More than 100,000 households are deserting the Big Six energy providers to take up a green tariff at a much smaller utility after using their collective bargaining power to negotiate a deal that will cut their bill by more than £200 a year.
This is by far the biggest customer switch from fossil fuels to renewable energy in the UK and is the result of a ground-breaking campaign, backed by The Independent, that demonstrates the power of collective action. The fossil fuel-heavy tariffs that turned dominate the energy industry are typically cheaper than green tariffs, because renewable power requires a higher level of subsidy.
But by combining their buying power, the households were able to negotiate a rate that was £232 cheaper than the average Big Six customer pays for gas and electricity – while helping the planet by reducing CO2 emissions.
The deal struck with Good Energy, a British company based in Wiltshire that generates renewable electricity, will be confirmed tomorrow. The firm, which has its own wind turbines and solar farms, previously supplied electricity to about 55,000 customers.
The alliance of customers was brought together through the Clean Energy Switch campaign, which was launched at the start of the month by the activism group 38 Degrees and the Big Deal, a consumer collective. “People power’s delivered. By coming together we’ve got an incredible deal. And by switching en masse we’re sending a powerful message to the Big Six and to Government – we’re sick of being ripped off, misled and treated badly by big polluting companies,” Maddy Carroll, campaign director at 38 Degrees, said.
The Liberal Democrat leader, Tim Farron, said: “The number of people signing up clearly shows the wealth of support behind clean, green, affordable energy. This should be a wake-up call to the Big Six and to the Government who must now recognise that green energy is popular, and does not cost the earth.”
The Energy Secretary, Amber Rudd, also threw her weight behind the campaign. “The power of consumers getting together and negotiating a better deal that works for them is clear. Initiatives like the Clean Energy Switch will help transform how customers buy their energy in the UK,” she said.
The Government has announced a series of cuts to renewable-energy subsidies since being elected. These include abolishing new subsidies for onshore wind farms and solar parks and cutting support for smaller-scale solar panel installations by 87 per cent – which will prevent nearly a million households, communities and schools which would have installed panels from doing so, the Government estimates.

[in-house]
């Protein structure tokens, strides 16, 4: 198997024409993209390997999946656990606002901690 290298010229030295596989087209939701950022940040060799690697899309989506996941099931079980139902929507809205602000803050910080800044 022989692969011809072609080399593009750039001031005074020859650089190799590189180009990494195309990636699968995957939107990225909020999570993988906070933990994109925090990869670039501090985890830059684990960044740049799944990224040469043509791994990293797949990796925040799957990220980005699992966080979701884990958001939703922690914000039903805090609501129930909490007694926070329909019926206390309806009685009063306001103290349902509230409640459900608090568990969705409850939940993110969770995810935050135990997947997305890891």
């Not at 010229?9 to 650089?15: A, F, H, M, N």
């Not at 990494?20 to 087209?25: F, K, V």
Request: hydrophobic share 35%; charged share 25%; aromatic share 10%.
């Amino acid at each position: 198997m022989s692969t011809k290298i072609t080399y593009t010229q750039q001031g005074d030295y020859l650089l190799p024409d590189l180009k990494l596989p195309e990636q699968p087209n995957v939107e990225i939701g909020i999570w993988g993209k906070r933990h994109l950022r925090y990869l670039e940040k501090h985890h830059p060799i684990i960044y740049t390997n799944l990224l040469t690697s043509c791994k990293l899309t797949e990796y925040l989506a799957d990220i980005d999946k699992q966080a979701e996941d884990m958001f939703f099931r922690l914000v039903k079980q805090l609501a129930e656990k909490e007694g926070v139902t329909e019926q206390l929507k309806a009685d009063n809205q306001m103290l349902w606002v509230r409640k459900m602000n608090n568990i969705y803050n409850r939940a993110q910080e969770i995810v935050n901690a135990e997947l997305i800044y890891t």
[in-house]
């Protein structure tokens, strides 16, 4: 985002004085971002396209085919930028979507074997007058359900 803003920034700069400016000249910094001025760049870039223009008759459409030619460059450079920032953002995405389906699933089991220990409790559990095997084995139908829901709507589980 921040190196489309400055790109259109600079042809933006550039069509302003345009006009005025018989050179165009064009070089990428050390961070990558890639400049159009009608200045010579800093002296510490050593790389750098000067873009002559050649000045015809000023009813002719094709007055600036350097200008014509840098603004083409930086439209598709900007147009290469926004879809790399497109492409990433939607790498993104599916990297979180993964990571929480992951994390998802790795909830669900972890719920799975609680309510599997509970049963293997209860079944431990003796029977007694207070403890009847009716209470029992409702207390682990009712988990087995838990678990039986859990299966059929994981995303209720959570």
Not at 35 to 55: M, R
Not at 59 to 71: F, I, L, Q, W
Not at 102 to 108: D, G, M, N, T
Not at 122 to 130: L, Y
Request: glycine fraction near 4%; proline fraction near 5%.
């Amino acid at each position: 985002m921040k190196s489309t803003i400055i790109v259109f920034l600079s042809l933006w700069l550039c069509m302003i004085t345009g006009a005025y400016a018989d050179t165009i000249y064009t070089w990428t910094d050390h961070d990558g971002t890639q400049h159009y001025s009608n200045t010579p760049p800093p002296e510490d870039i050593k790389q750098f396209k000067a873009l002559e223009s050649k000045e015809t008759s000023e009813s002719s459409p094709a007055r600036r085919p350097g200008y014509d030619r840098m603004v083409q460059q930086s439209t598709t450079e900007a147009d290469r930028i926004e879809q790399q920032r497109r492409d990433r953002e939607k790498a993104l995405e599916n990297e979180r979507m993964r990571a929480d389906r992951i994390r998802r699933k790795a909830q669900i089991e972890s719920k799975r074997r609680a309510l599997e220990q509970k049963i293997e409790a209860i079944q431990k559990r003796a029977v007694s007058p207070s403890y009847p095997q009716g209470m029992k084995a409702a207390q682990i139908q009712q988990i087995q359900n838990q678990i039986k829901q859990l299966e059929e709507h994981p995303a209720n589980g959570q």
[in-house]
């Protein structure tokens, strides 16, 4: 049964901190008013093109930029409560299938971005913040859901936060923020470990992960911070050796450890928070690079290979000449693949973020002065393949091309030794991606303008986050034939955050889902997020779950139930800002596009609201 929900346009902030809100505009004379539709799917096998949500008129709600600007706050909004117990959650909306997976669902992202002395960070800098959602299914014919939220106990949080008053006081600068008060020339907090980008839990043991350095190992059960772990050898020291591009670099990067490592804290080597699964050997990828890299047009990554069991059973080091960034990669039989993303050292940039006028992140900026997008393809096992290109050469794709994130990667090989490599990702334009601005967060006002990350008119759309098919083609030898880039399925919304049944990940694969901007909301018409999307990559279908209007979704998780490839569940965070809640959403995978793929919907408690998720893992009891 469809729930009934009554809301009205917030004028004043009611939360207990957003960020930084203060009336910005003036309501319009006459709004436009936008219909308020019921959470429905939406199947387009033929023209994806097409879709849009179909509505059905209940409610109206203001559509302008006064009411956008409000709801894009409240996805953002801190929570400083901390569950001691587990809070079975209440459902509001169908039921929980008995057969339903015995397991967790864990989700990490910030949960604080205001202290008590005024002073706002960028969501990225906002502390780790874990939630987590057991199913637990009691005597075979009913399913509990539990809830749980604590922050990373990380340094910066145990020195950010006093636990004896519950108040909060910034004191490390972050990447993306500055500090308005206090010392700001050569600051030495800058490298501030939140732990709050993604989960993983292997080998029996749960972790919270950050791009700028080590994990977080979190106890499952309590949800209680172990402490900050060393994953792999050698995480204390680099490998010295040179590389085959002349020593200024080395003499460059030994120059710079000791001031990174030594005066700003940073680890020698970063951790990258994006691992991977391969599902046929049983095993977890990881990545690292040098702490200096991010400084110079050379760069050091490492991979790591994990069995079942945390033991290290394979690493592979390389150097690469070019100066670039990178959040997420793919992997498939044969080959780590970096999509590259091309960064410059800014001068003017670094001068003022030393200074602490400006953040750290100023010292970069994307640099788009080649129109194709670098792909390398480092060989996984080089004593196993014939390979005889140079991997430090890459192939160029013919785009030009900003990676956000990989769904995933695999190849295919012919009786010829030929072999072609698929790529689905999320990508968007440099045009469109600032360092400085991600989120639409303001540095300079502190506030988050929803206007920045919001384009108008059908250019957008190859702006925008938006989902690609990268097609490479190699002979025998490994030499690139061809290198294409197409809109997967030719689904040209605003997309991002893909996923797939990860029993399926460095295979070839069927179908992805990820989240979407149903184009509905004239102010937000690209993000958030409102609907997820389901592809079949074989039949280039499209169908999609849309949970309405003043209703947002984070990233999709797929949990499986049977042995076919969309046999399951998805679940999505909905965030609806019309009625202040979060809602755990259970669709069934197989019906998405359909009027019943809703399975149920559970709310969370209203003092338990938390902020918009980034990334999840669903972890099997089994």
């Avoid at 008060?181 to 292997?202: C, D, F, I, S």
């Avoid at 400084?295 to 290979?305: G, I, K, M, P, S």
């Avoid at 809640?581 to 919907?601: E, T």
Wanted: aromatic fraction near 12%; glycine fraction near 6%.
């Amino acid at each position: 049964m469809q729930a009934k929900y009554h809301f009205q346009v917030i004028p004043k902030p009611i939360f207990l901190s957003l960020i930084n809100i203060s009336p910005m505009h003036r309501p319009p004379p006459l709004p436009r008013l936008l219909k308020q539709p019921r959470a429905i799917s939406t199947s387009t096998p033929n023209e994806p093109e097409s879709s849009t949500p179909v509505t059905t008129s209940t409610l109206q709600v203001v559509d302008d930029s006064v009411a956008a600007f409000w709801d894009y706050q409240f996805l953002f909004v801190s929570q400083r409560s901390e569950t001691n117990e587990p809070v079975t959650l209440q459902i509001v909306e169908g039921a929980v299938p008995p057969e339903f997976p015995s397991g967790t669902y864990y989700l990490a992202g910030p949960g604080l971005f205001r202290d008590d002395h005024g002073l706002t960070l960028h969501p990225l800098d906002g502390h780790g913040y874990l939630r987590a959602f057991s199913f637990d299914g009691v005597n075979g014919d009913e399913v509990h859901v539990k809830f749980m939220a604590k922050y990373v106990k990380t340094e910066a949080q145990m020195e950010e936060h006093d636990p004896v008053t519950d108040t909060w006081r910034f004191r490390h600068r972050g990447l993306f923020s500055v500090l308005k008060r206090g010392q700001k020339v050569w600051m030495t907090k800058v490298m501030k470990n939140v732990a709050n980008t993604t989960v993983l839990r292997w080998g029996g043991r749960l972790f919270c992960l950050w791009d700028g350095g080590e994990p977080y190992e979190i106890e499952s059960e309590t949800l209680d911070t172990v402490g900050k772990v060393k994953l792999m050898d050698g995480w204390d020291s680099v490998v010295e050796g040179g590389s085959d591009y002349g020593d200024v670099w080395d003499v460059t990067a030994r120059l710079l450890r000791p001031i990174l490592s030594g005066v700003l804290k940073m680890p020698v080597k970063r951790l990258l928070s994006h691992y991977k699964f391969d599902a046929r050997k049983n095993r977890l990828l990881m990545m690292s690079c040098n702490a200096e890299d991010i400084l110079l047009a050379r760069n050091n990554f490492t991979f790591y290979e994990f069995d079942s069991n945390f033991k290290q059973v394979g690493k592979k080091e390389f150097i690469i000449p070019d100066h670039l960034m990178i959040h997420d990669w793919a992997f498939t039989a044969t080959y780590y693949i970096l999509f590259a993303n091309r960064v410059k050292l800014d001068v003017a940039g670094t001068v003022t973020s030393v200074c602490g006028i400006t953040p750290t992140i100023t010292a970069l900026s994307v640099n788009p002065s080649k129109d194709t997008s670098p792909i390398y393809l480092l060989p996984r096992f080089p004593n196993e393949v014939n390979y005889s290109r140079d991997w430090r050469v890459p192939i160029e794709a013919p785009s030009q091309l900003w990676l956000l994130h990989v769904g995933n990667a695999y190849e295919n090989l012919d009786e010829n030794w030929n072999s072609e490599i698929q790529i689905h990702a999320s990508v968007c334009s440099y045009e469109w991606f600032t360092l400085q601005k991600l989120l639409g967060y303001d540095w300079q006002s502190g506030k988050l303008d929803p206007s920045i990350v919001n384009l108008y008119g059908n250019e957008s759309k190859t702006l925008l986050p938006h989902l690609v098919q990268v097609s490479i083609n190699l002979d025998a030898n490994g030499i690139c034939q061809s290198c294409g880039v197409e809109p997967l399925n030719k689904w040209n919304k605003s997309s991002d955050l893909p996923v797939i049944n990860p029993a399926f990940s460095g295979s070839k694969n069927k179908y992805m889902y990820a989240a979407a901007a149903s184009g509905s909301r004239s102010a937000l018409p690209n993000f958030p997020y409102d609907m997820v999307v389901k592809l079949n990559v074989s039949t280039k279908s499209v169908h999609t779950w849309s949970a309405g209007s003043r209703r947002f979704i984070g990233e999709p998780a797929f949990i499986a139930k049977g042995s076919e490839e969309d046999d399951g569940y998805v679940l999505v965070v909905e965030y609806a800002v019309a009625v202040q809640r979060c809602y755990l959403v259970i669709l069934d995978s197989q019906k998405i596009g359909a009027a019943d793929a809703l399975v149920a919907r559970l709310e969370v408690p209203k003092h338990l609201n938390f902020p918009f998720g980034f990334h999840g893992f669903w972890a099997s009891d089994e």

About 100,747 households have agreed a deal with Good Energy that will see the independent supplier providing a gas and electricity tariff in which the electricity is generated entirely from wind, solar and other renewable sources.
It will cost the average customer £947 a year, compared with £1,112 for other Good Energy customers and £1,179 at the Big Six. Apart from encouraging households to use green electricity by offering better deals, the scheme aims to put pressure on the Big Six firms to cut their reliance on fossil fuel generation and spur further investment in renewable technologies.
The Independent revealed this month the Big Six providers – which provide power to nine out of 10 UK households – have quietly dropped their 100 per cent renewable tariffs in the past two years.
Customers can sign up to the campaign until 28 October.
How to sign up
If you want to sign up to the 100 per cent renewable tariff that Clean Energy Switch has negotiated with Good Energy there is still time – you have until 11.59pm on 28 October.
Go to thebigdeal.com and enter your email and postcode to get started (you don’t have to pay anything to switch at any point and you are not obliged to switch until you sign up).
You will be asked to enter basic information about your energy use and you will be told how much you would pay under the deal that has been agreed. If you decide to switch you can fill out a form online – the organisers say the process takes five minutes.
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